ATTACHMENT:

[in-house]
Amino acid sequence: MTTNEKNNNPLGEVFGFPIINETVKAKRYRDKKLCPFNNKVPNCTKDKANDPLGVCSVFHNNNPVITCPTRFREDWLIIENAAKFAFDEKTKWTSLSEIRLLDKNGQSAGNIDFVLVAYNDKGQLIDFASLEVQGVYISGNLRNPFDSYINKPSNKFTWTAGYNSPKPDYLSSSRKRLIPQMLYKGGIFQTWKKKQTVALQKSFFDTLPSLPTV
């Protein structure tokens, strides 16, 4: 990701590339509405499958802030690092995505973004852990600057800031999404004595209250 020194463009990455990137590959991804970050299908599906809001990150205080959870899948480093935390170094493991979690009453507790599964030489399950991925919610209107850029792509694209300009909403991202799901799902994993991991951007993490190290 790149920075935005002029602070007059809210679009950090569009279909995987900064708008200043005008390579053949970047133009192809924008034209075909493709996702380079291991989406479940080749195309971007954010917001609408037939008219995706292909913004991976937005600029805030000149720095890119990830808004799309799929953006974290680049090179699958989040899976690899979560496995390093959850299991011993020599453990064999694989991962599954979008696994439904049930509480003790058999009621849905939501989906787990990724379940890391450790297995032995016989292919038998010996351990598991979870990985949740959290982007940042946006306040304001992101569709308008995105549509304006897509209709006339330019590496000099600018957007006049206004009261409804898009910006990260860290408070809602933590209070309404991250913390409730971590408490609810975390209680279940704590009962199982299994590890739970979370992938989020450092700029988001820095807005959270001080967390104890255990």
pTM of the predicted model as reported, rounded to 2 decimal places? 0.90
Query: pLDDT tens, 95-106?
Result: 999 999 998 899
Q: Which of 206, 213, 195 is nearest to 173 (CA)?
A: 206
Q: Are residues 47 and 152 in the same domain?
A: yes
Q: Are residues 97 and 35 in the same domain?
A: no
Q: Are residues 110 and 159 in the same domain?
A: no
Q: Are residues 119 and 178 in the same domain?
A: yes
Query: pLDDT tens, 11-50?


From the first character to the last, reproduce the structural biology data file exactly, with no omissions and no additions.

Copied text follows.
[in-house]
Amino acid sequence: MTTNEKNNNPLGEVFGFPIINETVKAKRYRDKKLCPFNNKVPNCTKDKANDPLGVCSVFHNNNPVITCPTRFREDWLIIENAAKFAFDEKTKWTSLSEIRLLDKNGQSAGNIDFVLVAYNDKGQLIDFASLEVQGVYISGNLRNPFDSYINKPSNKFTWTAGYNSPKPDYLSSSRKRLIPQMLYKGGIFQTWKKKQTVALQKSFFDTLPSLPTV
């Protein structure tokens, strides 16, 4: 990701590339509405499958802030690092995505973004852990600057800031999404004595209250 020194463009990455990137590959991804970050299908599906809001990150205080959870899948480093935390170094493991979690009453507790599964030489399950991925919610209107850029792509694209300009909403991202799901799902994993991991951007993490190290 790149920075935005002029602070007059809210679009950090569009279909995987900064708008200043005008390579053949970047133009192809924008034209075909493709996702380079291991989406479940080749195309971007954010917001609408037939008219995706292909913004991976937005600029805030000149720095890119990830808004799309799929953006974290680049090179699958989040899976690899979560496995390093959850299991011993020599453990064999694989991962599954979008696994439904049930509480003790058999009621849905939501989906787990990724379940890391450790297995032995016989292919038998010996351990598991979870990985949740959290982007940042946006306040304001992101569709308008995105549509304006897509209709006339330019590496000099600018957007006049206004009261409804898009910006990260860290408070809602933590209070309404991250913390409730971590408490609810975390209680279940704590009962199982299994590890739970979370992938989020450092700029988001820095807005959270001080967390104890255990």
pTM of the predicted model as reported, rounded to 2 decimal places? 0.90
Query: pLDDT tens, 95-106?
Result: 999 999 998 899
Q: Which of 206, 213, 195 is nearest to 173 (CA)?
A: 206
Q: Are residues 47 and 152 in the same domain?
A: yes
Q: Are residues 97 and 35 in the same domain?
A: no
Q: Are residues 110 and 159 in the same domain?
A: no
Q: Are residues 119 and 178 in the same domain?
A: yes
Query: pLDDT tens, 11-50?